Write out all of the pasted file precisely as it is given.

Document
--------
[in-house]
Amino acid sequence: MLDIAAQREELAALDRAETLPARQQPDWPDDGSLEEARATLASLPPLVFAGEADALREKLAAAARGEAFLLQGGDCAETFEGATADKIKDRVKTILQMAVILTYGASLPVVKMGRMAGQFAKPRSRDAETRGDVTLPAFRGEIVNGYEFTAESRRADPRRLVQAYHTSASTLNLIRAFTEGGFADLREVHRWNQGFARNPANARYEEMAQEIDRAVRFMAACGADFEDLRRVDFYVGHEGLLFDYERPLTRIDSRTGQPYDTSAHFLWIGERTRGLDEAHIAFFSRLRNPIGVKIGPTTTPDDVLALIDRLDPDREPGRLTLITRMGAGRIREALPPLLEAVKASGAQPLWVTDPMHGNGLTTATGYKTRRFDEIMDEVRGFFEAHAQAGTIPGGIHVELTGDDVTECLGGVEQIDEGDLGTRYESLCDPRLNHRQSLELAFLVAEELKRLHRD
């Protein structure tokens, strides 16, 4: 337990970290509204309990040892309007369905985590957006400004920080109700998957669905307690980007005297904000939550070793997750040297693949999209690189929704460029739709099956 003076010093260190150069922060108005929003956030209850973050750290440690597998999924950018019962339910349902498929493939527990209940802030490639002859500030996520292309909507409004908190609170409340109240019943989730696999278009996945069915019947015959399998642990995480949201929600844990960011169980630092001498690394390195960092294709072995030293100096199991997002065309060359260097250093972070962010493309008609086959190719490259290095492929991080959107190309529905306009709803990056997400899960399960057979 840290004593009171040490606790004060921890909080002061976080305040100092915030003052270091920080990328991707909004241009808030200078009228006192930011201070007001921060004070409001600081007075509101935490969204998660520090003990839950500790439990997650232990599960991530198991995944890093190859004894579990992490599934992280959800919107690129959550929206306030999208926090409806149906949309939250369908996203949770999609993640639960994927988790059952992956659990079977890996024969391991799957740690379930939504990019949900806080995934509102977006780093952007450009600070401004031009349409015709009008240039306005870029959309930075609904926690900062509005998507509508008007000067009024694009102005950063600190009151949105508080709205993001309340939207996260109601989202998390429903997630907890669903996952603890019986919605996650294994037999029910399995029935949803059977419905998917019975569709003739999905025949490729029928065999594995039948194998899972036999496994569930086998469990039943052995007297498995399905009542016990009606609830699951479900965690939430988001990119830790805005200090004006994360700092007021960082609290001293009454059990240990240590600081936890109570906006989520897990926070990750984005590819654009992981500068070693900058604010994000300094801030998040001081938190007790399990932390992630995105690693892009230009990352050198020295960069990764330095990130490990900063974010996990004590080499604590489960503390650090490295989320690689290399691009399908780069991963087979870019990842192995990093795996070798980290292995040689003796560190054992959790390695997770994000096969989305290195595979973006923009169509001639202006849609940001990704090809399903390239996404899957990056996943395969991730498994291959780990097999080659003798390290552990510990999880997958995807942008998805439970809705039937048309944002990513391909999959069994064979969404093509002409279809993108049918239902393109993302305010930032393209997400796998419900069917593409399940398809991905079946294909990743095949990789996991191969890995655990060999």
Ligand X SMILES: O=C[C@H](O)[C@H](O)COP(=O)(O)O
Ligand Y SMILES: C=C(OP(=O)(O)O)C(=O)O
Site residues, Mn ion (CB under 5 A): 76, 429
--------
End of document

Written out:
[in-house]
Amino acid sequence: MLDIAAQREELAALDRAETLPARQQPDWPDDGSLEEARATLASLPPLVFAGEADALREKLAAAARGEAFLLQGGDCAETFEGATADKIKDRVKTILQMAVILTYGASLPVVKMGRMAGQFAKPRSRDAETRGDVTLPAFRGEIVNGYEFTAESRRADPRRLVQAYHTSASTLNLIRAFTEGGFADLREVHRWNQGFARNPANARYEEMAQEIDRAVRFMAACGADFEDLRRVDFYVGHEGLLFDYERPLTRIDSRTGQPYDTSAHFLWIGERTRGLDEAHIAFFSRLRNPIGVKIGPTTTPDDVLALIDRLDPDREPGRLTLITRMGAGRIREALPPLLEAVKASGAQPLWVTDPMHGNGLTTATGYKTRRFDEIMDEVRGFFEAHAQAGTIPGGIHVELTGDDVTECLGGVEQIDEGDLGTRYESLCDPRLNHRQSLELAFLVAEELKRLHRD
């Protein structure tokens, strides 16, 4: 337990970290509204309990040892309007369905985590957006400004920080109700998957669905307690980007005297904000939550070793997750040297693949999209690189929704460029739709099956 003076010093260190150069922060108005929003956030209850973050750290440690597998999924950018019962339910349902498929493939527990209940802030490639002859500030996520292309909507409004908190609170409340109240019943989730696999278009996945069915019947015959399998642990995480949201929600844990960011169980630092001498690394390195960092294709072995030293100096199991997002065309060359260097250093972070962010493309008609086959190719490259290095492929991080959107190309529905306009709803990056997400899960399960057979 840290004593009171040490606790004060921890909080002061976080305040100092915030003052270091920080990328991707909004241009808030200078009228006192930011201070007001921060004070409001600081007075509101935490969204998660520090003990839950500790439990997650232990599960991530198991995944890093190859004894579990992490599934992280959800919107690129959550929206306030999208926090409806149906949309939250369908996203949770999609993640639960994927988790059952992956659990079977890996024969391991799957740690379930939504990019949900806080995934509102977006780093952007450009600070401004031009349409015709009008240039306005870029959309930075609904926690900062509005998507509508008007000067009024694009102005950063600190009151949105508080709205993001309340939207996260109601989202998390429903997630907890669903996952603890019986919605996650294994037999029910399995029935949803059977419905998917019975569709003739999905025949490729029928065999594995039948194998899972036999496994569930086998469990039943052995007297498995399905009542016990009606609830699951479900965690939430988001990119830790805005200090004006994360700092007021960082609290001293009454059990240990240590600081936890109570906006989520897990926070990750984005590819654009992981500068070693900058604010994000300094801030998040001081938190007790399990932390992630995105690693892009230009990352050198020295960069990764330095990130490990900063974010996990004590080499604590489960503390650090490295989320690689290399691009399908780069991963087979870019990842192995990093795996070798980290292995040689003796560190054992959790390695997770994000096969989305290195595979973006923009169509001639202006849609940001990704090809399903390239996404899957990056996943395969991730498994291959780990097999080659003798390290552990510990999880997958995807942008998805439970809705039937048309944002990513391909999959069994064979969404093509002409279809993108049918239902393109993302305010930032393209997400796998419900069917593409399940398809991905079946294909990743095949990789996991191969890995655990060999």
Ligand X SMILES: O=C[C@H](O)[C@H](O)COP(=O)(O)O
Ligand Y SMILES: C=C(OP(=O)(O)O)C(=O)O
Site residues, Mn ion (CB under 5 A): 76, 429